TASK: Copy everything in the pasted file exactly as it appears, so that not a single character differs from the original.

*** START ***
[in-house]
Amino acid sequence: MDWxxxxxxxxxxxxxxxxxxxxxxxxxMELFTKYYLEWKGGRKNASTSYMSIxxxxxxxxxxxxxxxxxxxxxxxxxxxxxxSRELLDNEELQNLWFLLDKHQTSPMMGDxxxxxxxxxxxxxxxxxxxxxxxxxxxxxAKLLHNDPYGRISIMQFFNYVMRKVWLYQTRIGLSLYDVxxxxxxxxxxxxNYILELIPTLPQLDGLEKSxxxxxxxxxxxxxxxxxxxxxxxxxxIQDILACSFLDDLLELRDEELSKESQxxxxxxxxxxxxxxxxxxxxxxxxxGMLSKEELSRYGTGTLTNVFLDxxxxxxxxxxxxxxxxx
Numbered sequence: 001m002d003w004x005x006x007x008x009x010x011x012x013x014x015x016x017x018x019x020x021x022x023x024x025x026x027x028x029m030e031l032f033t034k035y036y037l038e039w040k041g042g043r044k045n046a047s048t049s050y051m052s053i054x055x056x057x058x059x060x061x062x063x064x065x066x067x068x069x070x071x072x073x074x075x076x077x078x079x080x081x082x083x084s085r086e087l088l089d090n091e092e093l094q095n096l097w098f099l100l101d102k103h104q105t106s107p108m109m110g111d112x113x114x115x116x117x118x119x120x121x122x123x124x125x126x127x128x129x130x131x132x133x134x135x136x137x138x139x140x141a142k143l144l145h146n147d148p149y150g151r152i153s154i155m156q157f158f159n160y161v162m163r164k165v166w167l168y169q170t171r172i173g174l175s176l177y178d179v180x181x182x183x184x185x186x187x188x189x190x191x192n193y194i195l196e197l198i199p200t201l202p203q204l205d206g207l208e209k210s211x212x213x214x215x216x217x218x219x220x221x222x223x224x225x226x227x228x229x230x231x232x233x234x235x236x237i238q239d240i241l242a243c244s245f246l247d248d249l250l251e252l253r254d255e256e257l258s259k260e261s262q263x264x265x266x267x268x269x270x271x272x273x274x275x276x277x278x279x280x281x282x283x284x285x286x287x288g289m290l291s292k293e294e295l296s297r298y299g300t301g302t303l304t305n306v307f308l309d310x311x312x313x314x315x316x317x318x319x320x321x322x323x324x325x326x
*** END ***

[in-house]
Amino acid sequence: MDWxxxxxxxxxxxxxxxxxxxxxxxxxMELFTKYYLEWKGGRKNASTSYMSIxxxxxxxxxxxxxxxxxxxxxxxxxxxxxxSRELLDNEELQNLWFLLDKHQTSPMMGDxxxxxxxxxxxxxxxxxxxxxxxxxxxxxAKLLHNDPYGRISIMQFFNYVMRKVWLYQTRIGLSLYDVxxxxxxxxxxxxNYILELIPTLPQLDGLEKSxxxxxxxxxxxxxxxxxxxxxxxxxxIQDILACSFLDDLLELRDEELSKESQxxxxxxxxxxxxxxxxxxxxxxxxxGMLSKEELSRYGTGTLTNVFLDxxxxxxxxxxxxxxxxx
Numbered sequence: 001m002d003w004x005x006x007x008x009x010x011x012x013x014x015x016x017x018x019x020x021x022x023x024x025x026x027x028x029m030e031l032f033t034k035y036y037l038e039w040k041g042g043r044k045n046a047s048t049s050y051m052s053i054x055x056x057x058x059x060x061x062x063x064x065x066x067x068x069x070x071x072x073x074x075x076x077x078x079x080x081x082x083x084s085r086e087l088l089d090n091e092e093l094q095n096l097w098f099l100l101d102k103h104q105t106s107p108m109m110g111d112x113x114x115x116x117x118x119x120x121x122x123x124x125x126x127x128x129x130x131x132x133x134x135x136x137x138x139x140x141a142k143l144l145h146n147d148p149y150g151r152i153s154i155m156q157f158f159n160y161v162m163r164k165v166w167l168y169q170t171r172i173g174l175s176l177y178d179v180x181x182x183x184x185x186x187x188x189x190x191x192n193y194i195l196e197l198i199p200t201l202p203q204l205d206g207l208e209k210s211x212x213x214x215x216x217x218x219x220x221x222x223x224x225x226x227x228x229x230x231x232x233x234x235x236x237i238q239d240i241l242a243c244s245f246l247d248d249l250l251e252l253r254d255e256e257l258s259k260e261s262q263x264x265x266x267x268x269x270x271x272x273x274x275x276x277x278x279x280x281x282x283x284x285x286x287x288g289m290l291s292k293e294e295l296s297r298y299g300t301g302t303l304t305n306v307f308l309d310x311x312x313x314x315x316x317x318x319x320x321x322x323x324x325x326x